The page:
fastfingers

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I'm still currently a premed and after volunteering in a free clinic, it would be really interesting if I could set up my own free clinic in the future after serving as a doctor for a while. The question I have is, would getting an MD/MBA be the best option for me if my goal was to become a doctor, maybe do some overseas work and maybe work to set up several free clinics?

If anybody also know, how does a free clinic manage to self-sustain?
 

drizzt3117

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You don't need a MBA to set up a free clinic. You just need to ask a lot of people for time/money.
 

Hoody

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Its all about grants....and time.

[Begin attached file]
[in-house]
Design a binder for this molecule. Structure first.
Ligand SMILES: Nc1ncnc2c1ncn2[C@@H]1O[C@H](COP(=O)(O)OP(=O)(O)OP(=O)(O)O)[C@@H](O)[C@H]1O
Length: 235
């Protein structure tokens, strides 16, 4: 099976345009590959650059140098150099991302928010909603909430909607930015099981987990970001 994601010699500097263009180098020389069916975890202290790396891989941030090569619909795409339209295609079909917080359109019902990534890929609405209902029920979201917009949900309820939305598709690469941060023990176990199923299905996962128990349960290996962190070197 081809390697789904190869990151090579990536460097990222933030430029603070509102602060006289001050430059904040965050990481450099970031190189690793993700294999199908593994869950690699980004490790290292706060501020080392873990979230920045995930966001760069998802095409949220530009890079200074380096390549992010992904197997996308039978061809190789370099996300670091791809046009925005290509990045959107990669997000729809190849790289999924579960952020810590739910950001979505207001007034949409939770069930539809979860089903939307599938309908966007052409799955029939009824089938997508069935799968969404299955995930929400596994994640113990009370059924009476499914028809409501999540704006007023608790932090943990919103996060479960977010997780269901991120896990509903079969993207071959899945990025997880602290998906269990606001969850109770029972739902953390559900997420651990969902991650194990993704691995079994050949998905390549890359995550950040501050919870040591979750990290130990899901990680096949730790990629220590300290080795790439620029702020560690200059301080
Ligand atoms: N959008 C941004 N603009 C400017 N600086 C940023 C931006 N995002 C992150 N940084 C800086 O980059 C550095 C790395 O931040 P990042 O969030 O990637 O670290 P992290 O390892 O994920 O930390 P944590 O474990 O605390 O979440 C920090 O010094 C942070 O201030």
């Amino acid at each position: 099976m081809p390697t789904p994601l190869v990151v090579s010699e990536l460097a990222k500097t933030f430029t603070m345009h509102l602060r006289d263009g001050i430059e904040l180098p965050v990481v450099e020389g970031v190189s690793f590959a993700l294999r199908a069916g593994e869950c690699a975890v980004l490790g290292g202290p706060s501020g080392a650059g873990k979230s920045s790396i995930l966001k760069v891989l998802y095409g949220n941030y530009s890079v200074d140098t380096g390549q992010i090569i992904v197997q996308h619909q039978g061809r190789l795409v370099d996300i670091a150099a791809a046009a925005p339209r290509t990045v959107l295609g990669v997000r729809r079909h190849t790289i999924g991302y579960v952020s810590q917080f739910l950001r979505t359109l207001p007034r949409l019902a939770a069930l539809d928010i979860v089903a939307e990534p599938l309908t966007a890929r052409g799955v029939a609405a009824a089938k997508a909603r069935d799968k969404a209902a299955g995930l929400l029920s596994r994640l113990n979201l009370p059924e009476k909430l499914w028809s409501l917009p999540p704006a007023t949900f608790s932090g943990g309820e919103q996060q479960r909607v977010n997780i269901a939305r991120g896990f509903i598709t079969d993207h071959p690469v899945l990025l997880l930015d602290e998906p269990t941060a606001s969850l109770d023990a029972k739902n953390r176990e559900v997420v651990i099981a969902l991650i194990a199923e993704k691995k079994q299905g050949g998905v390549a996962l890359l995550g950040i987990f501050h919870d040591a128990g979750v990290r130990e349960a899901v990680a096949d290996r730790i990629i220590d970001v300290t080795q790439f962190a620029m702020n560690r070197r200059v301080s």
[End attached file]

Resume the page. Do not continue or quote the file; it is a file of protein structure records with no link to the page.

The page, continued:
You can run an clinic without an MBA (or even an MD - my local free clinic is run by nurses with BSNs) but it certainly wouldn't hurt if you had some sort of background in business to help you navigate all the politics....or you could just find someone who has an MBA and make it a joint venture.
 

LizzyM

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Typically, or I should say historically, the best preparation is a MPH with a concentration in Management. The MPH puts the focus on improving health in the community whereas the MBA puts the focus on making money. You may need Accounting I and II to get into a MPH with a concentration in Management.
 

goldandapager

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A degree isn't going to give you the ability to these sorts of things. What you need is some resources, good people around, and motivation.